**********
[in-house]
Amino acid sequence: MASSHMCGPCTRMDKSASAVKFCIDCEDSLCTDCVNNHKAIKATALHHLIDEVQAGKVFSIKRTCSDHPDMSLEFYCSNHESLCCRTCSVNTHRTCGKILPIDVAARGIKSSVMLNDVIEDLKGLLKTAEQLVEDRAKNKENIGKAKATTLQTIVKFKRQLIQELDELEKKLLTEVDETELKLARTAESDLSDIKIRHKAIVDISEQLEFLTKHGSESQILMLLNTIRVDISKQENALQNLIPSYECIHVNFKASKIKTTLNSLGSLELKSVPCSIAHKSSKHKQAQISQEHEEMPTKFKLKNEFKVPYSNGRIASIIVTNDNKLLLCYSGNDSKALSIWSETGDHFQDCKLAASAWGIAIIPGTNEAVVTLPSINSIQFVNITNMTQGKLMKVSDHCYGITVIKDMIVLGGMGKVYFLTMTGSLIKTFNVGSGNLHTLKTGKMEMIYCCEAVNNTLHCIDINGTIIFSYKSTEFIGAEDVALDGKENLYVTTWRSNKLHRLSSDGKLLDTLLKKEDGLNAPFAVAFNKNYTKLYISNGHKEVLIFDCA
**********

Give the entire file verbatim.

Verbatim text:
[in-house]
Amino acid sequence: MASSHMCGPCTRMDKSASAVKFCIDCEDSLCTDCVNNHKAIKATALHHLIDEVQAGKVFSIKRTCSDHPDMSLEFYCSNHESLCCRTCSVNTHRTCGKILPIDVAARGIKSSVMLNDVIEDLKGLLKTAEQLVEDRAKNKENIGKAKATTLQTIVKFKRQLIQELDELEKKLLTEVDETELKLARTAESDLSDIKIRHKAIVDISEQLEFLTKHGSESQILMLLNTIRVDISKQENALQNLIPSYECIHVNFKASKIKTTLNSLGSLELKSVPCSIAHKSSKHKQAQISQEHEEMPTKFKLKNEFKVPYSNGRIASIIVTNDNKLLLCYSGNDSKALSIWSETGDHFQDCKLAASAWGIAIIPGTNEAVVTLPSINSIQFVNITNMTQGKLMKVSDHCYGITVIKDMIVLGGMGKVYFLTMTGSLIKTFNVGSGNLHTLKTGKMEMIYCCEAVNNTLHCIDINGTIIFSYKSTEFIGAEDVALDGKENLYVTTWRSNKLHRLSSDGKLLDTLLKKEDGLNAPFAVAFNKNYTKLYISNGHKEVLIFDCA